My weirdly sentimental reaction to my college writing nice things about me
“I think I want to go to Georgia Tech” I told my dad when I was a senior in HS.
“Isn’t Tech a….good school?” He responded.
“Yeah, pretty good I guess?”
“And…you... you want to go there?”
“I want to be a civil engineer” I really had no idea why I wanted to be a CE but it seemed cool at the time
“But….your grades aren’t awesome” (I had a 3.0 thank you very much)
“Well, we’ll see how it goes!”
It’s funny that this is the conversation that sticks in my head. My parents split up when I was 8 and my dad had very limited financial responsibility over my siblings and me. My mom was (and always has been) my anchor. But it was this convo with my dad that I used it as motivation to excel…to do better than he thought I could….to be the best!
Less than a year after that conversation, I was entering my 3rd quarter at Tech with a 1.7 GPA and on the verge of flunking out. I needed to buckle down and get my shit together. To prove my dad wrong!
That quarter I got a .8 GPA. POINT EIGHT. I was now a member of the infamous square root club (a euphemism that means your GPA is so abysmally low that if you took the square root of it the result is bigger than the original number. Look it up). I was “academically dismissed” as they pleasantly called it. I moved back home with my mom and step dad and got a job waiting tables at a terrible country themed steak house. Peanut shells on the floor. Kenny Chesney on the loudspeakers. I called my dad to tell him I was booted. He was sweet about it. And then pointed out it was time to get a job.
I mired in my misery for a few weeks, enrolled at the local community college, and tried to figure out my next move. I quickly decided to attend UGA - most of my friends were there, it looked like a helluva good time, and I could major in anything I wanted. I made arrangements with a good buddy of mine to room up with him and was ready to apply when I went back down to Tech to visit my best pal (and still my best pal — and fantasy football arch enemy). Walking around campus gave me this weird feeling — a feeling that I let the place beat me. That I was throwing in the towel to go to some other, much (MUCH) easier school (sorry UGA pals I gotta needle y’all when I can). It was in that visit back to Tech that I decided to apply for re-admission. To give it another shot. To not let it beat me.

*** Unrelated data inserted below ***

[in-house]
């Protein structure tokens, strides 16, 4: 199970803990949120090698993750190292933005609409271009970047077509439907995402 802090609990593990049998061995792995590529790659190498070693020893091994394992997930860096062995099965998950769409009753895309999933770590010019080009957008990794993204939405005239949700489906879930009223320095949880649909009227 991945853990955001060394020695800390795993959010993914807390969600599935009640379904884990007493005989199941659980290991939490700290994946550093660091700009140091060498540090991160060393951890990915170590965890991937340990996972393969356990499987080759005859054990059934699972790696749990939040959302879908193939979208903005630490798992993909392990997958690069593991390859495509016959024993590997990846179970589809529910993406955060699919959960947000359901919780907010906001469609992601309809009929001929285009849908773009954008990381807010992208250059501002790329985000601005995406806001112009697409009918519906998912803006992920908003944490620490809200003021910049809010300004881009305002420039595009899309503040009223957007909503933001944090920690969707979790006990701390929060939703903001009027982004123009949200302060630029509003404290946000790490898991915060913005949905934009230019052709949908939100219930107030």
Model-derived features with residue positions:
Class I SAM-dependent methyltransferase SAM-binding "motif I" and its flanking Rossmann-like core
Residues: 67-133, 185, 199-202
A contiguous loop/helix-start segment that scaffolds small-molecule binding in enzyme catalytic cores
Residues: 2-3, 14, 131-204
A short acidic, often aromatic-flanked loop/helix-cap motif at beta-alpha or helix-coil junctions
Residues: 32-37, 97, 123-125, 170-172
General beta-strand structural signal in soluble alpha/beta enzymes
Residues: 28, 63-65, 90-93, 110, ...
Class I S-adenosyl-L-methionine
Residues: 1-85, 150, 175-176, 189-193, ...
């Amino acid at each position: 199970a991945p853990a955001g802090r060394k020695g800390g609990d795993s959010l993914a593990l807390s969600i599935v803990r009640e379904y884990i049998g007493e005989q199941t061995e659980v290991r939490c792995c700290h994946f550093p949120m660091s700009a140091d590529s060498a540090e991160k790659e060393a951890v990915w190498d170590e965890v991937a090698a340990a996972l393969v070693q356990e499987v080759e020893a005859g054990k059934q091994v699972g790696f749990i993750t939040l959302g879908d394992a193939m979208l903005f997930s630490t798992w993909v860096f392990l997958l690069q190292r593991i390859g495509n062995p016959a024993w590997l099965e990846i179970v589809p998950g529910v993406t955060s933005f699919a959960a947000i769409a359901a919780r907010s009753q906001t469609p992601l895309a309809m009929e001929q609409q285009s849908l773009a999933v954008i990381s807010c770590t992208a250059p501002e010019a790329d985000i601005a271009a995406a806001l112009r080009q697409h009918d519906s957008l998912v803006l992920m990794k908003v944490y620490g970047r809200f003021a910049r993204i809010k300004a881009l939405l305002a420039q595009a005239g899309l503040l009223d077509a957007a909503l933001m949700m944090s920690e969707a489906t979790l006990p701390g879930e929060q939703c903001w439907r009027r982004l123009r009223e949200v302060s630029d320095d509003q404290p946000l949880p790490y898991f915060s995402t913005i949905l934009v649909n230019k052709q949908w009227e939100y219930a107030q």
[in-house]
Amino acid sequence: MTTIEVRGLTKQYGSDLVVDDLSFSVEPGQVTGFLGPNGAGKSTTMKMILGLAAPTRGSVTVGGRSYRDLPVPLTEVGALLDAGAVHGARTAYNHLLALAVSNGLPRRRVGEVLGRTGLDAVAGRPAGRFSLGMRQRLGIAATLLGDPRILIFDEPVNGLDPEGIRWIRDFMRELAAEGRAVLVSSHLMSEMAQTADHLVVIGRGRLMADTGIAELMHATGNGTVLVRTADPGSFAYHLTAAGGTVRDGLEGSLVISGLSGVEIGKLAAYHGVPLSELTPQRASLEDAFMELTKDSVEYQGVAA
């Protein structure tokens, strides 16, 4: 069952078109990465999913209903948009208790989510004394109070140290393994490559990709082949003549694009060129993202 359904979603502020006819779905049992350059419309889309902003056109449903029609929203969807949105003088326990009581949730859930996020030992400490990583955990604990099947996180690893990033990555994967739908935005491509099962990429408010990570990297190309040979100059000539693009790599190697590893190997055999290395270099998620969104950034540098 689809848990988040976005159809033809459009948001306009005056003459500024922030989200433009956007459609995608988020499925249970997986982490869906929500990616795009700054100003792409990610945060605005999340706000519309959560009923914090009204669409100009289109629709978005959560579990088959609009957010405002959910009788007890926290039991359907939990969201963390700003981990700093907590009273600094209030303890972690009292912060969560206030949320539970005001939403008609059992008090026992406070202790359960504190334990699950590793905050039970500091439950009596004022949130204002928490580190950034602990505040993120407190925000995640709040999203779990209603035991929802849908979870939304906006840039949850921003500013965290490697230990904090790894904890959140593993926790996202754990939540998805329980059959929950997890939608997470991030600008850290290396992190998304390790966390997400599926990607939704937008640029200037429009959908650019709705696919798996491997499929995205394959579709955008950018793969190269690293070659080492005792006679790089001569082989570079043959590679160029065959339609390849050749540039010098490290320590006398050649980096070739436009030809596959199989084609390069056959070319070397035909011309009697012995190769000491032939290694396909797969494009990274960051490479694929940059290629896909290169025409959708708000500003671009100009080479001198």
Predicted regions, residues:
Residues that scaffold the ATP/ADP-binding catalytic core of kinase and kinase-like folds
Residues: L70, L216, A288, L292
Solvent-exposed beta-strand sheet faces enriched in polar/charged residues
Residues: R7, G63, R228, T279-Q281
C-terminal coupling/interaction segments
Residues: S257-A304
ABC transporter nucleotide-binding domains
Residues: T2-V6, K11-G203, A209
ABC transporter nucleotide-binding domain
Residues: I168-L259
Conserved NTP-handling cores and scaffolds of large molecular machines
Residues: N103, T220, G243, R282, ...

Much to my surprise, Tech let me back in. The next 3 years were a struggle. I was more or less on my own financially — still bartending 30 hours a week and attending one of the most notoriously difficult colleges in the country. I would graduate in December 2000 with a degree in Management — and a GPA of 2.2. The bare minimum to get out (we Tech grads don’t graduate — we “get out”).
I write all of this almost 20 years after I “got out” because today the alumni association magazine did a profile on me for some of the work my team and I are doing on COVID through The COVID Mapping Project. When you work in the startup world, lots of people from lots of magazines (big and small) like to write about you. It always feels pretty cool, but not much more than that. Something to send your mom.
But for me, the former flunk out and graduate with a 2.2 GPA, getting a write up from the alumni association magazine is a form of validation that I’ve been working towards for 20 years.
Read the article here.
I'll leave you with favorite bit from the article. It captures how I see what we do with data at Standard Co:
“I’m not a policy maker, but I’m a data person,” he says. “I think when you couple data with policy, you can exact good public health outcomes. If you just focus on policy, if you just say, ‘Stay at home,’ and people don’t know why, they’re not going to listen. But when you put data in front of them in a consumable way, they realize why they need to stay home. This thing is serious, and data can help tell that story.”